Oil Falls a Little and Canadian Oil Trust Collapse Completely; Uncertain of 2011 Canadian tax act to blame.

I count myself among the pool of investors who believed that oil could spike higher and bought some Canadian oil trusts - pwe and erf - only to find that they now trade at the same price that they did when oil was at $80 a barrel. The catch is the new Canadian tax act that will affect these things differently in 2011 and stop them from moving up no matter what happens to oil until then.

Canadian oil trusts are able to pay huge dividends is because they are not taxed at the corporate level and pass all of their income to shareholders. This is going to change in January 2011 when the new Canadian Tax Act comes into force. Further uncertainty related to the 2011 tax law changes make it difficult for trusts to expand.  Since many trusts pay all of their income in distributions to unit holders, they expand their operations through sales of additional units and trusts that were formed before October 31, 2006 cannot sell more than a certain amount of new units (stock) or will lose their preferential tax status even earlier than 2011.

Under the existing provisions of the Tax Act, income trusts can generally deduct in computing their income for a taxation year any amount of income that they distribute to unitholders for the year. According to the new bill, introduced in 2006, Income trusts will not be able to deduct certain portions of their distributed income (referred to as specified income). However, pursuant to draft legislation, the distribution tax will only apply in respect of distributions of income and will not apply to returns of capital. Some trusts have substantial tax pools that could be applied to reduce the impact of the new tax for several years post-2011.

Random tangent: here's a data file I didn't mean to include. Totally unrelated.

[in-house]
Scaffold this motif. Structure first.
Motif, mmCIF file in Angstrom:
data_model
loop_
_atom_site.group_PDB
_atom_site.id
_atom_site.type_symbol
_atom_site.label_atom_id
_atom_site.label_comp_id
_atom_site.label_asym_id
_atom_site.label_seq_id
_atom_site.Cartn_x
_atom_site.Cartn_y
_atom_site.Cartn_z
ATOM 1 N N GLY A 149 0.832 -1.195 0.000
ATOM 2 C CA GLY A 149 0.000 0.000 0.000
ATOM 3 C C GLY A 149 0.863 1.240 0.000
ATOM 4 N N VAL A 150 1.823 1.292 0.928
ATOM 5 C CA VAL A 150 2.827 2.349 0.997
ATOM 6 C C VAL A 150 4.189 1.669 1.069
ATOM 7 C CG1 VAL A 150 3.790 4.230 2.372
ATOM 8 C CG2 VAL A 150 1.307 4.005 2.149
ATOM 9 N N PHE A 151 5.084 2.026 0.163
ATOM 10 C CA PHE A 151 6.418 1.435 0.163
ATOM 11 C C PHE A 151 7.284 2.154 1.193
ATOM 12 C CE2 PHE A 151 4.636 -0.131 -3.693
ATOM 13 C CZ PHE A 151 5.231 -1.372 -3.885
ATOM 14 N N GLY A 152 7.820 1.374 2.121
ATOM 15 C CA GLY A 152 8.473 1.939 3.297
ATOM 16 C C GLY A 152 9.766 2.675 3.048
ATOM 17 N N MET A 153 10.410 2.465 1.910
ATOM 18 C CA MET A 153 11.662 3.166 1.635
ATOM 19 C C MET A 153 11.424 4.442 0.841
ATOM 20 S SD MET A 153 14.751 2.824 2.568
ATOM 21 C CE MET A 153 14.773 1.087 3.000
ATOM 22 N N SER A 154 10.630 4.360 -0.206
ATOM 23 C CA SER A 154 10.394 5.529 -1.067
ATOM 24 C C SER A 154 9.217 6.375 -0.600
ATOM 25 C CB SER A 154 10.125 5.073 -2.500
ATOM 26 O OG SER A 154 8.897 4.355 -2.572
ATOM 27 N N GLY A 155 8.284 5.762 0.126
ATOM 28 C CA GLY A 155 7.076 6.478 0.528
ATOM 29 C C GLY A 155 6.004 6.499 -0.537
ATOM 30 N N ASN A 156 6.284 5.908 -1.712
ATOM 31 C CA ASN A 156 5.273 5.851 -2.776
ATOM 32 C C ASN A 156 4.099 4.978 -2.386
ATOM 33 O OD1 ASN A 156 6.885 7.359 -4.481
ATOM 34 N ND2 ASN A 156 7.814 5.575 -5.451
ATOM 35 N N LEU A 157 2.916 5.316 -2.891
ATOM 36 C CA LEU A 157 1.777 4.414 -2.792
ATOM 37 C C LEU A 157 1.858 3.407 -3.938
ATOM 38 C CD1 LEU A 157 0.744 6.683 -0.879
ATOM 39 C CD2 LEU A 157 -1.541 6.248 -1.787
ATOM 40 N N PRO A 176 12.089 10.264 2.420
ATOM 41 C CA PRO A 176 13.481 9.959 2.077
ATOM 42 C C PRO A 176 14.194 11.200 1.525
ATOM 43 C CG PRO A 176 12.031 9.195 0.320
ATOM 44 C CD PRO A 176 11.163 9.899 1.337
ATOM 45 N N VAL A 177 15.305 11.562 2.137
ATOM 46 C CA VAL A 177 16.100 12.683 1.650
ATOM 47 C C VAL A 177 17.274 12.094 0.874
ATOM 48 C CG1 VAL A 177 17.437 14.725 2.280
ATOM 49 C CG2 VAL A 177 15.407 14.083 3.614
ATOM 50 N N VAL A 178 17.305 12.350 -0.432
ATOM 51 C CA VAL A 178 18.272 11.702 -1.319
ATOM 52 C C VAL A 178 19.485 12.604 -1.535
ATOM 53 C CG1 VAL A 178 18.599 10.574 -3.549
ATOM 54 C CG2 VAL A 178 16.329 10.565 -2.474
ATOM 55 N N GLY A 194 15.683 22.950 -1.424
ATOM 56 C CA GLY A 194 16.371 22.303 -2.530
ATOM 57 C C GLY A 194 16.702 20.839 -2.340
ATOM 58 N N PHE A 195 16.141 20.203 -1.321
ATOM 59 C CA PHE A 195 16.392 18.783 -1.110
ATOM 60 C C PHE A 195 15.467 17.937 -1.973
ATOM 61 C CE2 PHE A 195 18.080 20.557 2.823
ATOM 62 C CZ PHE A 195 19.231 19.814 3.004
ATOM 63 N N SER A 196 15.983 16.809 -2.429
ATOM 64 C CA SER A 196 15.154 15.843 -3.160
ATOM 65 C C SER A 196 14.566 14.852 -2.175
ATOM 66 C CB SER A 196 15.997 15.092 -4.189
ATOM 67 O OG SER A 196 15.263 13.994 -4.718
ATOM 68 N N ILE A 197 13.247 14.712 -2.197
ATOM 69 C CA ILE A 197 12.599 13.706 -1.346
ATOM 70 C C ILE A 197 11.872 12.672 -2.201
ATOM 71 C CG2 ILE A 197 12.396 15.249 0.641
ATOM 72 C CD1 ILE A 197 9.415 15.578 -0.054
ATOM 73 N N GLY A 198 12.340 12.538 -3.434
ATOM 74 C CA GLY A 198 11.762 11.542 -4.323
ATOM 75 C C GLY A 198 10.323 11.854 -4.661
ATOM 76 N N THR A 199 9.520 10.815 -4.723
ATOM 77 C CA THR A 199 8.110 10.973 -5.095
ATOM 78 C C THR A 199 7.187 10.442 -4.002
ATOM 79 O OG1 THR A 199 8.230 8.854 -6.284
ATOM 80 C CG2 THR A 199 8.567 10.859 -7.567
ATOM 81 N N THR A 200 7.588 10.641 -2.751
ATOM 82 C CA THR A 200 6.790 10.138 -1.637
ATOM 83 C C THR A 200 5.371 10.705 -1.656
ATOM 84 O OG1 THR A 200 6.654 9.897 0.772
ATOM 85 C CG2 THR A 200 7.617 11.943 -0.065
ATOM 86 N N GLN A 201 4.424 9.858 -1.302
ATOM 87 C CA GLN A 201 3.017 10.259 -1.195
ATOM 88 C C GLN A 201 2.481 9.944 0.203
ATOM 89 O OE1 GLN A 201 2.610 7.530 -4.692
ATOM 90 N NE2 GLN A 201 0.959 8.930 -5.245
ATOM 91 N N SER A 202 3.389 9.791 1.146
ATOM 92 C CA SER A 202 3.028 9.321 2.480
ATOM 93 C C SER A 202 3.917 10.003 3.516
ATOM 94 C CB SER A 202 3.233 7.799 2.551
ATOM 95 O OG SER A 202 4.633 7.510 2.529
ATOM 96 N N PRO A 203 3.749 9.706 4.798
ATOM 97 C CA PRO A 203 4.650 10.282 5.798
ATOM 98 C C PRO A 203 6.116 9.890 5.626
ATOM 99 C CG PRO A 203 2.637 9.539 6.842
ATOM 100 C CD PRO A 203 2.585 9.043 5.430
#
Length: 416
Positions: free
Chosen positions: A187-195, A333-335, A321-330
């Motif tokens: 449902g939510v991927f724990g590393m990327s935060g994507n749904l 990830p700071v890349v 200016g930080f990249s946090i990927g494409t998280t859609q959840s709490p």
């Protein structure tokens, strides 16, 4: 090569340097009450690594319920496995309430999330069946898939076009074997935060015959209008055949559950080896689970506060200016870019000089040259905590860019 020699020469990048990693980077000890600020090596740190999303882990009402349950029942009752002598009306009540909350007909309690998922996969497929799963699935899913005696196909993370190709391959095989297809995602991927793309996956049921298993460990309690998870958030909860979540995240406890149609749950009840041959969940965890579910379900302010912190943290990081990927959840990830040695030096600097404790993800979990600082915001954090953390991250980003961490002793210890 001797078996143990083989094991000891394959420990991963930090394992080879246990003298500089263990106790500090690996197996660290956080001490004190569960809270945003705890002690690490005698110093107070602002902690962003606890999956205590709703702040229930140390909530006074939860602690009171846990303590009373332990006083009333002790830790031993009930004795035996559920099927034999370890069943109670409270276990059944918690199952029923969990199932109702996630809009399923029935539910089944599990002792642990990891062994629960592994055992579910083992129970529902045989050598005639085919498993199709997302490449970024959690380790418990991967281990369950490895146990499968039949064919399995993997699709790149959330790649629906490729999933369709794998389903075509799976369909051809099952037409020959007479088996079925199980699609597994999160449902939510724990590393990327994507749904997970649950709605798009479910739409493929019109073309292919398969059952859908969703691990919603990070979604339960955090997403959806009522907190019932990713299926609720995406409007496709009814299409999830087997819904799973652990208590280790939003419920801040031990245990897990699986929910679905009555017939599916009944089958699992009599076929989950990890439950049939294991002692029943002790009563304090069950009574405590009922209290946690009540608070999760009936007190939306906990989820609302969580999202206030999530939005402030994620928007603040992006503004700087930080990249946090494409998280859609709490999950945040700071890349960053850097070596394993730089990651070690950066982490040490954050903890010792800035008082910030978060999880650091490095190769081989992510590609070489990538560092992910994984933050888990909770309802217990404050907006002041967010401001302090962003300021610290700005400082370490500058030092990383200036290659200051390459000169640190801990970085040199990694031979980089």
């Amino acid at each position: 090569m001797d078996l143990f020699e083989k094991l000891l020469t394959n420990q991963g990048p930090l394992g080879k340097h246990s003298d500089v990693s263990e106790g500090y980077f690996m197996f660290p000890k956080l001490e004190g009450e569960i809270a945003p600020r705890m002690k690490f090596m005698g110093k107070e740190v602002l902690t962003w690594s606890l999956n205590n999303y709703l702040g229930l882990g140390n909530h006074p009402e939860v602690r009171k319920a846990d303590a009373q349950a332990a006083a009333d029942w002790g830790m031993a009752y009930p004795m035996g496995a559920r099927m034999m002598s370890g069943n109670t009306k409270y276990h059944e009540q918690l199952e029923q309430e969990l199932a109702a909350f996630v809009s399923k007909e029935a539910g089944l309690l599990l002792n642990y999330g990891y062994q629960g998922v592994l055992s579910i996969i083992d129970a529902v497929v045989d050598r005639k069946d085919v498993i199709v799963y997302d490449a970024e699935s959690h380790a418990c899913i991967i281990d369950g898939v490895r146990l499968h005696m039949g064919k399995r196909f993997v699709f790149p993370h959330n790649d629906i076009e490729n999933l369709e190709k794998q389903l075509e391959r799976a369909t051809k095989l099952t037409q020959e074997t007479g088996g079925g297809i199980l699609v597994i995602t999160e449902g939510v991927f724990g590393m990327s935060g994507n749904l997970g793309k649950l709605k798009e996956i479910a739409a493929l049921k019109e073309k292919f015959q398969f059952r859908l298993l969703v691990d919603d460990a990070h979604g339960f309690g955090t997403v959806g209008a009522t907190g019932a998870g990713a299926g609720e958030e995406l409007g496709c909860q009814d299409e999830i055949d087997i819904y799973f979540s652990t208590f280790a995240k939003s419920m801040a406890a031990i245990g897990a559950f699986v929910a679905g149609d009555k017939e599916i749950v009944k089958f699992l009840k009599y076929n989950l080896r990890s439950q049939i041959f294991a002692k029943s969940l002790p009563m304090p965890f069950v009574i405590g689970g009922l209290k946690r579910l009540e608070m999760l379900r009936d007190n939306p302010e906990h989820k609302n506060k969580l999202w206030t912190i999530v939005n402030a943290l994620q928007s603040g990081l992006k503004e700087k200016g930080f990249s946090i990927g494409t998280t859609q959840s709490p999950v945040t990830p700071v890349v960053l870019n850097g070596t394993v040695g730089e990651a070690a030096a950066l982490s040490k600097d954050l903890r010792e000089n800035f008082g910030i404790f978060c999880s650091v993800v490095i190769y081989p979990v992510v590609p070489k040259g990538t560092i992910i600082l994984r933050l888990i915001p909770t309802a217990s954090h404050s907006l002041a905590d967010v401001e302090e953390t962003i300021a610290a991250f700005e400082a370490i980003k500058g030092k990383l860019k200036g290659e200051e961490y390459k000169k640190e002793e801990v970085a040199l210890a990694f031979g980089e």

Under the new legislation the proposed tax will be 29.5 percent in 2011 and 28.0 percent in 2012, based upon a 13 percent provincial tax rate and a federal tax of 16.5 percent reducing to 15 percent in 2012. Add this to the 15% tax that U.S. investors already pay on income trust distributions, and the higher yields might not look so good.

Under the budget released by the Minister of Finance on February 26, 2008, the 13 percent provincial tax will be replaced under an allocation formula with the applicable provincial income tax rates for each province in which the income trust has a permanent establishment. Trust are likely to continue to take advantage of growth opportunities with an increased focus on assessing international acquisition opportunities given that revenue from outside Canada will likely not be subject to the new tax. In addition, trusts will likely continue to carefully manage their substantial tax pools to mitigate the impact of the new tax on unitholders.

Jason Rodgers
Jason Rodgers: Jason Rodgers was an experienced research analyst for a major bank prior to retiring to run his own investment consultancy in beautiful Lihue, Hawaii. Jason contributed articles to BestCashCow from 2008 to 2014.

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  • Babble

    July 09, 2008

    You should have just bought oil futures. Why take on country and company risk?

  • Jocardan

    September 21, 2010

    Does anyone out there have a complete list of the Canroys that are converting to corporations or are they all converting right across the board.

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